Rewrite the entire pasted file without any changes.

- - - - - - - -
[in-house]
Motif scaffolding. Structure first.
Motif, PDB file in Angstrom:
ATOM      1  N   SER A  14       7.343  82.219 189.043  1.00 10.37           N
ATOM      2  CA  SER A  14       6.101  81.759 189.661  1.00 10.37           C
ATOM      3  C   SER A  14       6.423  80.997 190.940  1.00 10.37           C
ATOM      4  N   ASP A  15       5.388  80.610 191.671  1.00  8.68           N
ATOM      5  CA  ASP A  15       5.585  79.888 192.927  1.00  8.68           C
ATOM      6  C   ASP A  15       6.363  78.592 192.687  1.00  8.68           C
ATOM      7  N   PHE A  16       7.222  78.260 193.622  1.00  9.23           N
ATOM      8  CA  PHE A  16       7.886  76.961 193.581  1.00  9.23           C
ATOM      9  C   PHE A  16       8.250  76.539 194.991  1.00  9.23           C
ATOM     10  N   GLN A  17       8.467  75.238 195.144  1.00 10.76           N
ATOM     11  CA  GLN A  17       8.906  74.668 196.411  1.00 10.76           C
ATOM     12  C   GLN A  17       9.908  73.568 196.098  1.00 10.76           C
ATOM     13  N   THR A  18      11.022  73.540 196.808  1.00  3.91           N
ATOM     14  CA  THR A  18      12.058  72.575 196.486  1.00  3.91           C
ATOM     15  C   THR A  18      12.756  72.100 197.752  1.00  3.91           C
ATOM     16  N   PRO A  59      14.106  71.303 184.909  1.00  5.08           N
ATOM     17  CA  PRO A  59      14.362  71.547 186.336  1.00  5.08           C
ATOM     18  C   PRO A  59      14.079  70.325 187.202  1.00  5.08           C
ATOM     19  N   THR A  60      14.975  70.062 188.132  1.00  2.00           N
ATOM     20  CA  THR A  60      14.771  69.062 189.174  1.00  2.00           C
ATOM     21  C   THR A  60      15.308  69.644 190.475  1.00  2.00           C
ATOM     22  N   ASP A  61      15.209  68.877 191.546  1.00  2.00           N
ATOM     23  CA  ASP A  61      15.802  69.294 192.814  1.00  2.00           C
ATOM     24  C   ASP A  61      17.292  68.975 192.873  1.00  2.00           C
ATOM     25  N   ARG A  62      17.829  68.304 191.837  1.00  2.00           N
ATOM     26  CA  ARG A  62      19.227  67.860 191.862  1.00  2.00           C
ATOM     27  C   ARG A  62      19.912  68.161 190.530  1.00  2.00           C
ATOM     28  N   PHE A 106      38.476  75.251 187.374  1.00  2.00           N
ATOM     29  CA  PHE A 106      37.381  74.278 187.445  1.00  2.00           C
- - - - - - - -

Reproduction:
[in-house]
Motif scaffolding. Structure first.
Motif, PDB file in Angstrom:
ATOM      1  N   SER A  14       7.343  82.219 189.043  1.00 10.37           N
ATOM      2  CA  SER A  14       6.101  81.759 189.661  1.00 10.37           C
ATOM      3  C   SER A  14       6.423  80.997 190.940  1.00 10.37           C
ATOM      4  N   ASP A  15       5.388  80.610 191.671  1.00  8.68           N
ATOM      5  CA  ASP A  15       5.585  79.888 192.927  1.00  8.68           C
ATOM      6  C   ASP A  15       6.363  78.592 192.687  1.00  8.68           C
ATOM      7  N   PHE A  16       7.222  78.260 193.622  1.00  9.23           N
ATOM      8  CA  PHE A  16       7.886  76.961 193.581  1.00  9.23           C
ATOM      9  C   PHE A  16       8.250  76.539 194.991  1.00  9.23           C
ATOM     10  N   GLN A  17       8.467  75.238 195.144  1.00 10.76           N
ATOM     11  CA  GLN A  17       8.906  74.668 196.411  1.00 10.76           C
ATOM     12  C   GLN A  17       9.908  73.568 196.098  1.00 10.76           C
ATOM     13  N   THR A  18      11.022  73.540 196.808  1.00  3.91           N
ATOM     14  CA  THR A  18      12.058  72.575 196.486  1.00  3.91           C
ATOM     15  C   THR A  18      12.756  72.100 197.752  1.00  3.91           C
ATOM     16  N   PRO A  59      14.106  71.303 184.909  1.00  5.08           N
ATOM     17  CA  PRO A  59      14.362  71.547 186.336  1.00  5.08           C
ATOM     18  C   PRO A  59      14.079  70.325 187.202  1.00  5.08           C
ATOM     19  N   THR A  60      14.975  70.062 188.132  1.00  2.00           N
ATOM     20  CA  THR A  60      14.771  69.062 189.174  1.00  2.00           C
ATOM     21  C   THR A  60      15.308  69.644 190.475  1.00  2.00           C
ATOM     22  N   ASP A  61      15.209  68.877 191.546  1.00  2.00           N
ATOM     23  CA  ASP A  61      15.802  69.294 192.814  1.00  2.00           C
ATOM     24  C   ASP A  61      17.292  68.975 192.873  1.00  2.00           C
ATOM     25  N   ARG A  62      17.829  68.304 191.837  1.00  2.00           N
ATOM     26  CA  ARG A  62      19.227  67.860 191.862  1.00  2.00           C
ATOM     27  C   ARG A  62      19.912  68.161 190.530  1.00  2.00           C
ATOM     28  N   PHE A 106      38.476  75.251 187.374  1.00  2.00           N
ATOM     29  CA  PHE A 106      37.381  74.278 187.445  1.00  2.00           C